Shell Oil Co. gas stations will accept Chase Pay, bolstering JPMorgan Chase & Co.’s plan to create a digital-payments service that customers can use at retail stores and on the web.
Customers filling their tanks will be able to use Chase Pay from within the Shell mobile app and eventually the Chase Pay app itself, Jen Roberts, president of strategic alliance and loyalty solutions for Chase, said in an interview.
The addition of a gas-station chain like Shell, which serves 20 million customers a day, marks a big advance for Chase Pay and will help the financial institution better compete with Alphabet Inc.’s Google, Apple Inc. and Samsung Electronics Co. in the mobile-payments market. Earlier this year, Chase struck a deal with Starbucks Corp., the world’s largest coffee-shop chain, to accept Chase Pay at more than 7,500 stores in the U.S.
Shell is the first major U.S. merchant to sign on to Chase Pay from the Merchant Customer Exchange, a mobile-payments consortium of retailers including Wal-Mart Stores Inc. and Target Corp. that has struggled to build its own mobile wallet. Chase has been in talks with other MCX merchants, and more announcements are coming, Roberts said.
Consumers can now use Chase Pay to buy items from 1-800-Flowers.com, Drs. Foster & Smith, eBags and Gerber Life Insurance Co. by entering their Chase.com or app user name and password, Roberts said. Currently 24 million consumers use Chase’s mobile app, and 42 million access their accounts through Chase.com.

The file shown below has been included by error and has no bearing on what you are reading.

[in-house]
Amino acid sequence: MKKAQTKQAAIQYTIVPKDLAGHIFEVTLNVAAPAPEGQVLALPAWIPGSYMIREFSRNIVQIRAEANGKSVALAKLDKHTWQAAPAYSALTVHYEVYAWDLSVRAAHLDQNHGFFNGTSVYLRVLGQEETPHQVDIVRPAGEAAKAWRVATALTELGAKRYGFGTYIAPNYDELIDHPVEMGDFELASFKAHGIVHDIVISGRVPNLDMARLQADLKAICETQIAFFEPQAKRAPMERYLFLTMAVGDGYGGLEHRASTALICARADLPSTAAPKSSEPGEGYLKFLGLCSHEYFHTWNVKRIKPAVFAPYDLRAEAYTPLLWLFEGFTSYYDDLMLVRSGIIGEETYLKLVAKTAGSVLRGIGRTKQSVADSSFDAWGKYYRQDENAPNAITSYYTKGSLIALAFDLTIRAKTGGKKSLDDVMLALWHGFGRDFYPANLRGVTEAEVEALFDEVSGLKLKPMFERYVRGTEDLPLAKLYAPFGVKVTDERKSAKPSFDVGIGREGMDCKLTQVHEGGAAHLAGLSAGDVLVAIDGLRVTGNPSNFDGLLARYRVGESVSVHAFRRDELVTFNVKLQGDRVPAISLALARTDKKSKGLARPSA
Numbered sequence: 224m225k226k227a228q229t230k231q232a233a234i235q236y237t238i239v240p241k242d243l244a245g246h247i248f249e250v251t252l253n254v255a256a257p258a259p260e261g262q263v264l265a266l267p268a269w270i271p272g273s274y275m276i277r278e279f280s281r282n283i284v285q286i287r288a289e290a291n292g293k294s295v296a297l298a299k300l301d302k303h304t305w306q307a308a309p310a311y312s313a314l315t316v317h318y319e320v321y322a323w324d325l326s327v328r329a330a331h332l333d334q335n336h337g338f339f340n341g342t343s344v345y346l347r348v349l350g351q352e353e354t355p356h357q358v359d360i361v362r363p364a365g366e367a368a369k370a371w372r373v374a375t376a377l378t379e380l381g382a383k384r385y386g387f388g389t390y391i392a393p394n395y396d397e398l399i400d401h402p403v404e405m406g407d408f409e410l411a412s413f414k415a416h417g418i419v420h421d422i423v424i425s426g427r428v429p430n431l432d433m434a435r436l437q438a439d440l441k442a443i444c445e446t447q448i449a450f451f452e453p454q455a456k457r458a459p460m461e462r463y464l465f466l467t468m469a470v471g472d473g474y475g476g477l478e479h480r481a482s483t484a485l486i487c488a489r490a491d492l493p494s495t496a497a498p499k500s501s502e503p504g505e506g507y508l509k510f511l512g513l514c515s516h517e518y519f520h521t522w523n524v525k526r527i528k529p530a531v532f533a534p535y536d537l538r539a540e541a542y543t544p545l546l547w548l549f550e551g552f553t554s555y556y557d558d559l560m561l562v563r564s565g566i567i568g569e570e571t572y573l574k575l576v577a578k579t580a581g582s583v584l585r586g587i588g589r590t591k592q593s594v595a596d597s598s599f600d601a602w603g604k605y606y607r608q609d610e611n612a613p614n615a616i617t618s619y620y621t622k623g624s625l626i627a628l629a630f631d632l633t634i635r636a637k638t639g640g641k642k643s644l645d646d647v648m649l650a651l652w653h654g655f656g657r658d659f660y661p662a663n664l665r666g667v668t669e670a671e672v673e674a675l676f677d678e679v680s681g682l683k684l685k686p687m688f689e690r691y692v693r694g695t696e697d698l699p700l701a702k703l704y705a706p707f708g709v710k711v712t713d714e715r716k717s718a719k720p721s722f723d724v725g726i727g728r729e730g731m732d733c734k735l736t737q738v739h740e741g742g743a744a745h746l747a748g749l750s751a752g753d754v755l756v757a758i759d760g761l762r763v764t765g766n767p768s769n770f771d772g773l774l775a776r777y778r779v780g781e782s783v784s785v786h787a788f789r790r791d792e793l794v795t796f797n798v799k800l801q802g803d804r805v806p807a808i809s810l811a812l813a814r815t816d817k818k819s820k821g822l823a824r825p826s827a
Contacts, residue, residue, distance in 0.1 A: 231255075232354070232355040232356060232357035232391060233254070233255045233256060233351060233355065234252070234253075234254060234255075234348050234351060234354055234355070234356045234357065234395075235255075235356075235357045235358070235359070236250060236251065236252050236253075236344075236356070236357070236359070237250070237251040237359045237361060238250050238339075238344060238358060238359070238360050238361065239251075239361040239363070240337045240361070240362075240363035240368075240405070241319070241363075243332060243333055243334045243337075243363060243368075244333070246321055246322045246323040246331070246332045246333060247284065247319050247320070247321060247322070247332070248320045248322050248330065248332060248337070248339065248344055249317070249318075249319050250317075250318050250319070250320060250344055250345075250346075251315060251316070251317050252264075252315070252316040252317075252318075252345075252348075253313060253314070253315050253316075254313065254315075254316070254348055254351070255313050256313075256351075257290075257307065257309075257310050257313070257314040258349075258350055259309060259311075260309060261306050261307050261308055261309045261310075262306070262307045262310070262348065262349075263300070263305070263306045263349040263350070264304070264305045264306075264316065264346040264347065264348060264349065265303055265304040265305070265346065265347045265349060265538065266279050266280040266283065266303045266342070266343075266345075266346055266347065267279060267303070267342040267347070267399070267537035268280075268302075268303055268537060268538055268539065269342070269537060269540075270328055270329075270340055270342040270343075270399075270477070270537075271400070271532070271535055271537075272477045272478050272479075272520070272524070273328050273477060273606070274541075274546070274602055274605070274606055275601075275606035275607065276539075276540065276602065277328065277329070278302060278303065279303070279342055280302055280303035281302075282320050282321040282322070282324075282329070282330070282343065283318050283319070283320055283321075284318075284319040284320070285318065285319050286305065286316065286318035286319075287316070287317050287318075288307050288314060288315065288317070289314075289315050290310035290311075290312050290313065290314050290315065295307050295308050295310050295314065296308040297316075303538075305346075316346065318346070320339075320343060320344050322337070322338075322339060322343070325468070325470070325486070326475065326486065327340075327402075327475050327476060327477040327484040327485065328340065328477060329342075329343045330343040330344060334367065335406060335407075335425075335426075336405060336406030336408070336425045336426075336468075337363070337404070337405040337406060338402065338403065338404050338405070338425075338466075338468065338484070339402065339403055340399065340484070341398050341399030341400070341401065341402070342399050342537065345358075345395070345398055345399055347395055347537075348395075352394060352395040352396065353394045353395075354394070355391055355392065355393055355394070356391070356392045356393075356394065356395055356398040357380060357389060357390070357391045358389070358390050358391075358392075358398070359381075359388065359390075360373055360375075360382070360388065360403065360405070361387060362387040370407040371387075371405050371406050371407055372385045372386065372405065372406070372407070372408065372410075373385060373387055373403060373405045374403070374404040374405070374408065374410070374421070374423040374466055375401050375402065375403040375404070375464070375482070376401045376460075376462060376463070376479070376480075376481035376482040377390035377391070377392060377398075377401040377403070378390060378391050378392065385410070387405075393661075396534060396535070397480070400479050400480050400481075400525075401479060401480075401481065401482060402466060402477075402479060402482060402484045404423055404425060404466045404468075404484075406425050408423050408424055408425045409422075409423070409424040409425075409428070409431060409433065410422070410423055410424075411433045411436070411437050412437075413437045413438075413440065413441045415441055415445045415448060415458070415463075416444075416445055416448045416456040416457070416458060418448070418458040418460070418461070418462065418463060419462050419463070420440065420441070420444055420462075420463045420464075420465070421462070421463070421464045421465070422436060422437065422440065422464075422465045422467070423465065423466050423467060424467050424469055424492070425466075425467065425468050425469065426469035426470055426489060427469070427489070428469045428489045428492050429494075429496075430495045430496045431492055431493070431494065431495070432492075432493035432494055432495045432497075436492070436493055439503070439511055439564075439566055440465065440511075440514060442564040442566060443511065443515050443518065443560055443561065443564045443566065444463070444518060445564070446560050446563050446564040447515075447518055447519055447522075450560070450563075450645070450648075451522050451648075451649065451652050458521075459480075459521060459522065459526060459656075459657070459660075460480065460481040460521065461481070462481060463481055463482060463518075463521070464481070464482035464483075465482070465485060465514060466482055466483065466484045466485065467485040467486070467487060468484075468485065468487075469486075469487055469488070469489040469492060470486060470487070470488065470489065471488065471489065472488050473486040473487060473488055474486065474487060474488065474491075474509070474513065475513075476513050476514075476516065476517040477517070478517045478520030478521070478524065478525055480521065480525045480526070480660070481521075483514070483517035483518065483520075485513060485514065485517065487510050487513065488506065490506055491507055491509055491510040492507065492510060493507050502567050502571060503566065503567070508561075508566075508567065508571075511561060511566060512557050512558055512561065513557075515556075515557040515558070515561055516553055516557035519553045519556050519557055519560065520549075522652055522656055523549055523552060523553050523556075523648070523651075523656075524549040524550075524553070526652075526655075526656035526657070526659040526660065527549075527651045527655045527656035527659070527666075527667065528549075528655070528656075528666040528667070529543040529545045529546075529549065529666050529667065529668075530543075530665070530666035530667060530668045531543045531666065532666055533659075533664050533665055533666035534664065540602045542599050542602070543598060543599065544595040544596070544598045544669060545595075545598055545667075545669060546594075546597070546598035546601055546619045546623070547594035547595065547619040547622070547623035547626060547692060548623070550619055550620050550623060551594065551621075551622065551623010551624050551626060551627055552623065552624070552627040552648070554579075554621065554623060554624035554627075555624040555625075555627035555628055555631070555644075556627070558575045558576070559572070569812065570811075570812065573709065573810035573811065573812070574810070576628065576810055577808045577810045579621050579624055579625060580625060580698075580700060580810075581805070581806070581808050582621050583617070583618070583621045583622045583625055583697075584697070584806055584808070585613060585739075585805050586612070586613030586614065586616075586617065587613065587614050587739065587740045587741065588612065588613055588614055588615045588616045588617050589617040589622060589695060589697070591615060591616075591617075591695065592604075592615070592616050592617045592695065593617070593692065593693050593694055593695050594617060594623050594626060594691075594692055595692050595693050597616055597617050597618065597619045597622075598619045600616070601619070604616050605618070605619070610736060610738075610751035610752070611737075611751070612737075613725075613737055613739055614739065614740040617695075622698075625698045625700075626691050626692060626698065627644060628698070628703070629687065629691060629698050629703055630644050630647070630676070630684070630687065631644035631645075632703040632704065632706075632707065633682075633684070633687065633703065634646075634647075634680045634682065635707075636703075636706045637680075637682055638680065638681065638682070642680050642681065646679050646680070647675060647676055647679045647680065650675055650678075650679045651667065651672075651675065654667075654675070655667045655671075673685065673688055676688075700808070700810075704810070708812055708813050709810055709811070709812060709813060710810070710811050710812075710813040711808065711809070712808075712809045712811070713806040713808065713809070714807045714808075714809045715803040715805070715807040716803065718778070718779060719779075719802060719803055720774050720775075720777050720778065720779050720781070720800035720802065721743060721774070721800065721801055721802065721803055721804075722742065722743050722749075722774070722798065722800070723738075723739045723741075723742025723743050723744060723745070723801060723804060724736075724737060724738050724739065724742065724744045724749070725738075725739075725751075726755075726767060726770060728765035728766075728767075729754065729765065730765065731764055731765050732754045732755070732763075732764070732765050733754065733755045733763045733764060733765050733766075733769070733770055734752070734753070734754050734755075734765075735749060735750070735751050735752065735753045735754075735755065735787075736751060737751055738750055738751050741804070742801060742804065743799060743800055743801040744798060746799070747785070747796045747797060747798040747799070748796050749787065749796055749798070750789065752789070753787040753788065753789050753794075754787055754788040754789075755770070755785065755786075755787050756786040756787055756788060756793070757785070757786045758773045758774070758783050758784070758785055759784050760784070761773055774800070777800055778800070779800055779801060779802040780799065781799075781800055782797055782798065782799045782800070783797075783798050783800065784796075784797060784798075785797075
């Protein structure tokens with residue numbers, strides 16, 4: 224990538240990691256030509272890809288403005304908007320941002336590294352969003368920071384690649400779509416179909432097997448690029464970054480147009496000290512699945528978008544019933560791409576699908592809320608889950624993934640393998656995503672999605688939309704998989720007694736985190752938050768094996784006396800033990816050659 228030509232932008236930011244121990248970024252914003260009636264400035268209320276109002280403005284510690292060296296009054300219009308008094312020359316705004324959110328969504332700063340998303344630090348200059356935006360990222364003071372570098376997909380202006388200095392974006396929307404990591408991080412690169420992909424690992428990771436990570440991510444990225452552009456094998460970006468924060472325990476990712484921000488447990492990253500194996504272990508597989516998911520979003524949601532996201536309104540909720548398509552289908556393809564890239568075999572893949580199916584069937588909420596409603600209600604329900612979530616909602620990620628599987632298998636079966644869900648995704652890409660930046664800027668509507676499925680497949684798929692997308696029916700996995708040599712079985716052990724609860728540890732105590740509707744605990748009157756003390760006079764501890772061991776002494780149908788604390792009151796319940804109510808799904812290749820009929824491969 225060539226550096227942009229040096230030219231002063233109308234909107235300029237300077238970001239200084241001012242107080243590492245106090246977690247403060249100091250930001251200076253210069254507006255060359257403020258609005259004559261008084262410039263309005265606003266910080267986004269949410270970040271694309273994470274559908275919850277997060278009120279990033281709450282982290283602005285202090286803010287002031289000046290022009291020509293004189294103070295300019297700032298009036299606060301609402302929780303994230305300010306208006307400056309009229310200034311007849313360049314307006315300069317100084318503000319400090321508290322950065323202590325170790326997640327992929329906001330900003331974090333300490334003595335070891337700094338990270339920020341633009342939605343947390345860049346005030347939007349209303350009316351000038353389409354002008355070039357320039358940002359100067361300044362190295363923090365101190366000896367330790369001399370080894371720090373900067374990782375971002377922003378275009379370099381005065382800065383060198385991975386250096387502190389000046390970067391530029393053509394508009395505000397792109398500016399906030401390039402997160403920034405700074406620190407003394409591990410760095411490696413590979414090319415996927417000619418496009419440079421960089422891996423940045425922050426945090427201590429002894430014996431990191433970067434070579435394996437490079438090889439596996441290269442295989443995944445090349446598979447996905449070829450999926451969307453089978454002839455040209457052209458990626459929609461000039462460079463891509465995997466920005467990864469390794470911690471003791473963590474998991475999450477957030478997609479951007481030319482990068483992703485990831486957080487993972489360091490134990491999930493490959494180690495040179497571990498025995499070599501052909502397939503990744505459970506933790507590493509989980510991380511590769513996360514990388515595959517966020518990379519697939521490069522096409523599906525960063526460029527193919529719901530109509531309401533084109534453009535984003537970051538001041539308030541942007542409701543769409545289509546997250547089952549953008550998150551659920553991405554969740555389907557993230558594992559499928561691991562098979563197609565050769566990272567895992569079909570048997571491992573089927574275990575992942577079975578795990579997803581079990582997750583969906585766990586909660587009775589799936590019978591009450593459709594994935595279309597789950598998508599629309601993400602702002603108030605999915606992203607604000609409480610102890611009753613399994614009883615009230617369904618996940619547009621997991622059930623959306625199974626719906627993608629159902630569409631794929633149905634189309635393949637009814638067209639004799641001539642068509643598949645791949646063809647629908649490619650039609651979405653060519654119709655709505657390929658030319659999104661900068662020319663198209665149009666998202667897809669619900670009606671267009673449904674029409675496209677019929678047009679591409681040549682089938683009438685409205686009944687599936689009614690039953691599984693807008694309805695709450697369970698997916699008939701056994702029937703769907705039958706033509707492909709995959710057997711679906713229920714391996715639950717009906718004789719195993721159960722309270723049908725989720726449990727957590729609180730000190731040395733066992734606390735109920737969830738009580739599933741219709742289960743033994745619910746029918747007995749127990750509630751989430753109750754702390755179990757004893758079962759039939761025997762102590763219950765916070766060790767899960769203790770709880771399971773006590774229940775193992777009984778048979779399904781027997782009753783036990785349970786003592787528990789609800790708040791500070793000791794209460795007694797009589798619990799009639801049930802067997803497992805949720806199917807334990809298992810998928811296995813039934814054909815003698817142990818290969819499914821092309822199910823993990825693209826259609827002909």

Banks like Chase are building up their mobile-pay platforms and marketing machines to drive growth outside their traditional lending businesses. Enabling consumers to pay for items in stores by scanning their phones — while enticing them with personalized coupons and rewards — could help Chase catch up to Android Pay, Apple Pay and Samsung Pay. It can also improve customer loyalty, particularly among millennials, who are more prone to switching banks than their elders.
As a marketing hub, Chase Pay could ultimately become a place for everything from delivering coupons to storing receipts.
“There’s still a lot of paper at the point of sale,” Roberts said. “At some point, we’ll be eliminating all that paper.”
Chase joins other institutions looking to capitalize on consumers’ growing acceptance of mobile payments. Capital One Financial Corp. released its mobile-pay app last fall, and Wells Fargo & Co. said in May that it will unveil its own wallet for paying in stores and making transactions at ATMs.
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